Advent Meditation

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I was moved to write my response to a Bible study I attended.  While my Christianity is nontraditional, it is my religious background.  I attended seminary in my 40’s to try and  understand Christianity at a deeper level.  I love the Bible and its great stories.  I am grateful for a space to share my reflections.

In Luke 1:26-38, the birth of Jesus is foretold. Gabriel is God’s angel and holy messenger; his words are addressed to Mary. As a result of God’s special favor, Mary will conceive and bear a son, Jesus, who will rule over the house of Jacob forever. Mary is confused because she is a virgin, but Gabriel reassures her. Her child will be the son of God. Mary, barely old enough to bear a child, bravely answers, “Here I am, the servant of the Lord; let it be with me according to your word.” This scripture is celebrated every Christmas season. It has inspired great music and art throughout Christian history. At 72, I have heard or read this passage many many times. It has been the heart of many Christmas sermons and meditations. This year I heard it anew.

In a group Bible study, we followed the traditional Benedictine practice of Lectio Divina, Latin for Divine Reading. The practice invites participants to take part in a process that creates the possibility to increase communion with God. There is an opportunity to go beyond understanding to a deeply personal experience of the scripture as the living word. It offers a fresh look at something that familiarity can sometimes hide.
The scripture is read four times with time for meditation between the readings. It is a process that calls for a shift. Rather than think about the reading, the participants listen from the heart. It is a shift from using intellect to using intuition and imagination. It is a letting go so something new can be born. In many ways, the practice of Lectio Divina parallels true participation in the Christmas story itself.

I can’t remember what came to me as I listened and meditated during the first three readings of Luke 1:26-38. After the fourth reading my imagination was captured by Elizabeth. God’s miracle in her life had never stood out for me before. It was lost in Mary’s miracle. I think, because of my age, It struck me that Elizabeth was as brave as Mary. Barren and long past child bearing years, she was willing to say “yes” to new life. This took a loving heart and deep faith. Children are a lifetime responsibility, and her life was nearing its end. I imagined her full of disbelief, questions, and fears for herself and the child she would bear, She trusted. She led the way for Mary just as her son, John, led the way for Jesus. When Elizabeth found out she was pregnant, her faith empowered her to rejoice saying, “The Lord has done this for me,”

Thinking about my own life, I realize how I have often given myself over to the idea that it’s time for those younger and healthier than I am to take the lead in the struggle for justice. The young are optimistic, energetic, understand new ways of communicating, are bright and have fresh new ideas. It is too late for me. Elizabeth’s story made me think anew about how all the characters in the Christmas story are essential. In every moment, God is present offering each of us a part in God’s story. Miracles are not offered to some over others. It is not the circumstances of our lives, but rather our “Yes” that is at the center of God’s work on Earth. Love and justice require a host of diverse voices answering God by saying “Yes, here I am.”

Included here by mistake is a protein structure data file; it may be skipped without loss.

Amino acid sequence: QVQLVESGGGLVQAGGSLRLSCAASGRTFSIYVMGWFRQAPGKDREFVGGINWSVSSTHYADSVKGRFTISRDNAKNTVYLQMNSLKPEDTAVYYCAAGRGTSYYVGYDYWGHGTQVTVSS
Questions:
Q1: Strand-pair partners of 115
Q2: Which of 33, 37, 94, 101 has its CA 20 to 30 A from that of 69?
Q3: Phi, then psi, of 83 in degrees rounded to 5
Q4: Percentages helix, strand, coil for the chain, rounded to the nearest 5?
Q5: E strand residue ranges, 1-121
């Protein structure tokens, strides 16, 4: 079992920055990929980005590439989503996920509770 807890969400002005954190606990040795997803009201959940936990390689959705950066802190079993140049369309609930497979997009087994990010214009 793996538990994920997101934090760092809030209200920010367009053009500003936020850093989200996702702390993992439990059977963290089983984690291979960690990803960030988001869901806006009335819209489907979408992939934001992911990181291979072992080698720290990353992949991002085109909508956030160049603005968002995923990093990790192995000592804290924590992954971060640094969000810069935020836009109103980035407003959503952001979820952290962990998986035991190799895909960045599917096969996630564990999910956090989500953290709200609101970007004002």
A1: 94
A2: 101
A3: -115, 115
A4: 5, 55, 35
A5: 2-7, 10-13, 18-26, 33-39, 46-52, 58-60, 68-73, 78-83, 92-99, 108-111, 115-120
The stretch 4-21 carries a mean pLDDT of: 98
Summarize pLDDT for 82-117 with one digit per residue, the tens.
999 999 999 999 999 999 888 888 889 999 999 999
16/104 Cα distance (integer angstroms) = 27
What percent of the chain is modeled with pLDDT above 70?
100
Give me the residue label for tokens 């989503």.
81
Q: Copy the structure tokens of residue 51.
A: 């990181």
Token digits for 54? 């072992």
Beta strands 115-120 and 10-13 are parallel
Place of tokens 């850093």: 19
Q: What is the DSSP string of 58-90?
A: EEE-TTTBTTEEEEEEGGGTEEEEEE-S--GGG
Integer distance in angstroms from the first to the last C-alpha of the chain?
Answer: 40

8 comments on “Advent Meditation”

  1. I was at morning mass on Monday and the reading mentioned Elizabeth and I remember noticing it more than previous years– considering how little we hear about Elizabeth. I thought to myself “being a foster parent is a modality of immaculate conception”.

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  2. Wow to you both. Just wow. “…Yes that is at the center…love and justice require a host of diverse voices…” And “…being a foster parent is a modality of immaculate conception.” Again, just wow…

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      1. ❤ I was thinking that immaculate conception or the larger concept– the idea that you can mother without carrying a child– is anti-Darwinian at the core and is something that I think helps us break out of our obsessions with genetics and the "passing on" of our biological material–

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      2. borkali, absolutely. As an adoptive parent I can attest to the truth in what you are saying, though thinking of it as “anti Darwinian” is new for me. It is very thrilling to watch a child unfold and see who they are beyond our own influences. Really very thrilling.

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      3. I love this conversation. A.’s comment about anti-Darwinian “child birth” reminded me of my favorite Christmas quote–it’s on a Christmas card displayed year-round on my refrigerator. “We are all meant to be mothers of God…for God is always needing to be born.” Meister Eckhart.

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